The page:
• Results: Regardless of my conjecture, the output turned out to be universally usable, I believe the highlighted sides are what makes this so.


Etched, retouched for light backgrounds, retouched for dark and dramatic backgrounds

Tuesday, December 2, 2014

SQ1 at f1.4

It was one of those quiet days, when I had to try out odd ideas, one thing would lead to another, and I ended up snapping a few pics of SQ1.

Thursday, November 27, 2014

Diptych by Jacqui Butterworth

I photographed Jacqui's high gloss resin paintings before. The first time was tricky, and exhausted my bag of tricks for managing reflections while still getting good light. At one point the setup was like a tent, with a black shroud around the painting, and that far from the correct answer. The ultimate solution prooved simple: two soft boxes one on either side, bang bang! On later shoots I repeated that setup and it worked every time.

This time it was different, and I had forgotten my hard won lesson. The day was comfortably warm and mostly overcast. My white walled studio was bathed in natural light coming in from a high translucent ceiling. Lots of nice soft light. My exposure settings and white balance were calibrated, and he sky looked stable enough to shoot both paintings without a cloud opening passing overhead and changing conditions halfway. I shot. I edited. I instagramed. I was happy. The following day I looked at the results again, but wasn't happy at all! This wouldn't do at all! The top edge had an unwanted highlight and other uneven texture related features. So I opted to redo. Started with natural light again, but noticed that the camera and tripod were reflecting in the painting. Pondered what was to be of all this, and cursed my beginner mistakes. Finally I went back to the proven solution, two soft boxes and no shortcuts. The takeaway is, when you find what works, stick to it.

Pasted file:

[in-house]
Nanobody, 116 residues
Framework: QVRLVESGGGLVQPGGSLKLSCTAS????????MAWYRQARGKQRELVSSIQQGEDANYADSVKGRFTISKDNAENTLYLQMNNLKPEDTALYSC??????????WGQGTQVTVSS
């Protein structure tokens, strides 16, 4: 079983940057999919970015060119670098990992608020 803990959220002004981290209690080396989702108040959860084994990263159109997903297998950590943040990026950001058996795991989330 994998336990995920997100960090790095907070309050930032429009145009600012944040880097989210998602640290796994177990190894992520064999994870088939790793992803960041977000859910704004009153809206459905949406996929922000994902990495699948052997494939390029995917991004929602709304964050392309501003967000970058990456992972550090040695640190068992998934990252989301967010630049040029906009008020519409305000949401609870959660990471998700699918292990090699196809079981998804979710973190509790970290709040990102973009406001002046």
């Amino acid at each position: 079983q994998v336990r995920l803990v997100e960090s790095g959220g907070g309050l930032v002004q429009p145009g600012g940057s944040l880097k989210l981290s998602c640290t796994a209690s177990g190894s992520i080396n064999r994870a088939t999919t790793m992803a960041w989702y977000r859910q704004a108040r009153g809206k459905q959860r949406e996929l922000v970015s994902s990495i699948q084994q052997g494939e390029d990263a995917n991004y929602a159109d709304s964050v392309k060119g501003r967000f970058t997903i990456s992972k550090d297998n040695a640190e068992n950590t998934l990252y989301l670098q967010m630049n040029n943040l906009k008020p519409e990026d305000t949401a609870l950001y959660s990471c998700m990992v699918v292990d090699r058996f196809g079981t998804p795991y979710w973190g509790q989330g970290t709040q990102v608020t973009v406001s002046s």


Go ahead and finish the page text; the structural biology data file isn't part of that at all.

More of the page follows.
Check out Jacqui's great work.

Here is the setup shot.

And this is what what needs to happen:
  • F 5.6 -- any less and you loose sharpness, any more and you get spots and risk surface texture and specular highlights
  • ISO 50
  • Flash power minimum -- there are 2 of them
  • Speed 160 -- any more and you risk uneven flash firing, any less and you risk reflections from natural light and over exposure
  • Histogram -- push exposure highlights to the right but leaving a small margin
  • Alignment -- with care, and fill the sensor (portrait in this case)
  • Post -- no lens correction (for 50mm 1.8f), crop with no rotation but with full keystone distortion to the painting's frame outer edge (zoom in to get it exact), base curve lifting the highs to match white expectation and pop, white balance should be fine as it is managed by the camera presetting.